Tuesday, May 29, 2007

Homosexuality, part 3 (see previous 2 posts)

10. I really struggle with some practical issues such as providing health insurance for a committed homosexual couple. A part of me favors this in spite of my conviction about the morality of the relationship. However, I’m not sure I comprehend all the related issues (other groups of people, economic impact, etc.) which may be involved. Should any two people (regardless of gender) who live together in a long-term, non-sexual relationship be granted these benefits? If two heterosexual women share a committed relationship, even adopting a child, but are not homosexual, should they qualify or be given the right of some legal recognition and benefits (we have such a “couple” in our church – 2 ladies who have lived together, not sexually, for 40 years and raised a child—but are not homosexual). How about a parent and an adult child – or three generations -- living together? If one of them qualifies for medical insurance, should the others have a right to be included in the plan? I suspect that this needs to be considered apart from the question of the validity of homosexual “marriage” though I think I understand why many want it to be connected.

11. I really grieve that many of those who hold to the same Biblical understanding as I do about homosexuality have too often been guilty of the sin of hate, unkindness, misunderstanding, discrimination, and even violence. That is deplorable and all Christians should speak out against it. I am embarrassed and ashamed that I have not always recognized this and practiced it myself—at least to the degree I should.

12. I do not believe the United States ever was or should become a “Christian nation” in the sense those terms are typically used. Although our nation was founded on many Judeo-Christian principles, it never was nor should it have been another “Geneva.” The nation of Israel was a theocracy – ruled by God and His law (at least, it was supposed to be). When Jesus returns, He will establish/impose His righteous kingdom on the entire earth. Today, we are called to live as aliens and strangers in this world (1 Peter 1:3, 17; 2:11; Hebrews 11:13; Philippians 3:20). We certainly should impact our culture and our nation by our good works and our values, but we are not called to impose our values or beliefs on others. I would no longer support any part of the view that we are called to make this a “Christian nation” in any sense other than that we want to share the Gospel with everyone in America to give them the opportunity to freely choose to become a Christian.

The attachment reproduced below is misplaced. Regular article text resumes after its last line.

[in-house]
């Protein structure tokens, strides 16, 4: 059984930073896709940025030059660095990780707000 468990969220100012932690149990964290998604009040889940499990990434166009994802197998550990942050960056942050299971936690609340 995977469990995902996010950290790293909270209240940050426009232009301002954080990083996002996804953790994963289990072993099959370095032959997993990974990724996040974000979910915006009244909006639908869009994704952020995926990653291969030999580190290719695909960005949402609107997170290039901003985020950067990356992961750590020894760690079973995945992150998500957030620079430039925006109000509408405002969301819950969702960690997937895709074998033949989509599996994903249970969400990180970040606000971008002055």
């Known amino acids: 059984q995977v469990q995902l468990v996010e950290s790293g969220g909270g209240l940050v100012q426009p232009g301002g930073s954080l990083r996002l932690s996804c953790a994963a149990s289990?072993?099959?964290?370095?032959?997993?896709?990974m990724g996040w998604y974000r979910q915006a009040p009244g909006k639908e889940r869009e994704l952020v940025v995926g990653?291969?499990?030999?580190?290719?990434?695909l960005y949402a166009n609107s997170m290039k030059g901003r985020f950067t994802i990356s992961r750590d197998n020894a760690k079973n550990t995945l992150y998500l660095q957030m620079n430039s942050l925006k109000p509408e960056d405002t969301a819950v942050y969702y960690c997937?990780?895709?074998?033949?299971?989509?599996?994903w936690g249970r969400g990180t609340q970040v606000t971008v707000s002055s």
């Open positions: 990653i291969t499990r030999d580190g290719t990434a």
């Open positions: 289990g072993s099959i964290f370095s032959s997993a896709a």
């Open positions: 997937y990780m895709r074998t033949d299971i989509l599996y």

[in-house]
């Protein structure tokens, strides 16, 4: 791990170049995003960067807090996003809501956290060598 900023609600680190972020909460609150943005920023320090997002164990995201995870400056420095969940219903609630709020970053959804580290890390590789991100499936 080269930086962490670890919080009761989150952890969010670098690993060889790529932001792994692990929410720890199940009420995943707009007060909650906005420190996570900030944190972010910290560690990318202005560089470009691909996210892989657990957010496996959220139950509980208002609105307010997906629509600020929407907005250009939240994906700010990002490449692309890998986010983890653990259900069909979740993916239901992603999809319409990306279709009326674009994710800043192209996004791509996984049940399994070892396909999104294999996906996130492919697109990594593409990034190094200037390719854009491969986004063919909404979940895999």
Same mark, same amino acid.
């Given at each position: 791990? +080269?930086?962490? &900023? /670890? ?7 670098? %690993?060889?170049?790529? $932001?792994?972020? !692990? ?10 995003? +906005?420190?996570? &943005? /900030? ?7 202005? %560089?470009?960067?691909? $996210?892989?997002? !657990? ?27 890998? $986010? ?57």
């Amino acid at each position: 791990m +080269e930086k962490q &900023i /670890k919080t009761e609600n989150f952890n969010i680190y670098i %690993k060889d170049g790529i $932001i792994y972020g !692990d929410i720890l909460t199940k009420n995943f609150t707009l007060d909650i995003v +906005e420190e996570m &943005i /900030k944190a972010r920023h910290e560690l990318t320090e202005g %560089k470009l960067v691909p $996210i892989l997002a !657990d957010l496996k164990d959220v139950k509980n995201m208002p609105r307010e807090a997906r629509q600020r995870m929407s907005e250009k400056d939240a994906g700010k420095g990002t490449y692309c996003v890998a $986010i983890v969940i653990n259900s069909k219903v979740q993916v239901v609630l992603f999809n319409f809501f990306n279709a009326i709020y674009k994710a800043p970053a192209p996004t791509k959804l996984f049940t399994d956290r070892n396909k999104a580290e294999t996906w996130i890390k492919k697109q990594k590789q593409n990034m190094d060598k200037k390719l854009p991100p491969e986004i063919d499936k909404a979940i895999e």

1 comment:

Tahweety said...

You make some interesting points and ones that I think any seriously seeking Christian should consider. I have a question to put to you though. If you and your family and your brothers and sisters in Christ travel to another land and establish a new country there ... how could you establish ANY form of government that was not based on Christ's teaching...exhortations to his people? That is what the founding fathers did. You don't have to agree with the government they established but it is their government and if you chose to come live within the limits you should be made to observe their laws... tell any government that does not function that way. We are called to seek and told we will find...if we seek with all of our hearts...keep seeking! There is only ONE truth. God Bless you, Tahweety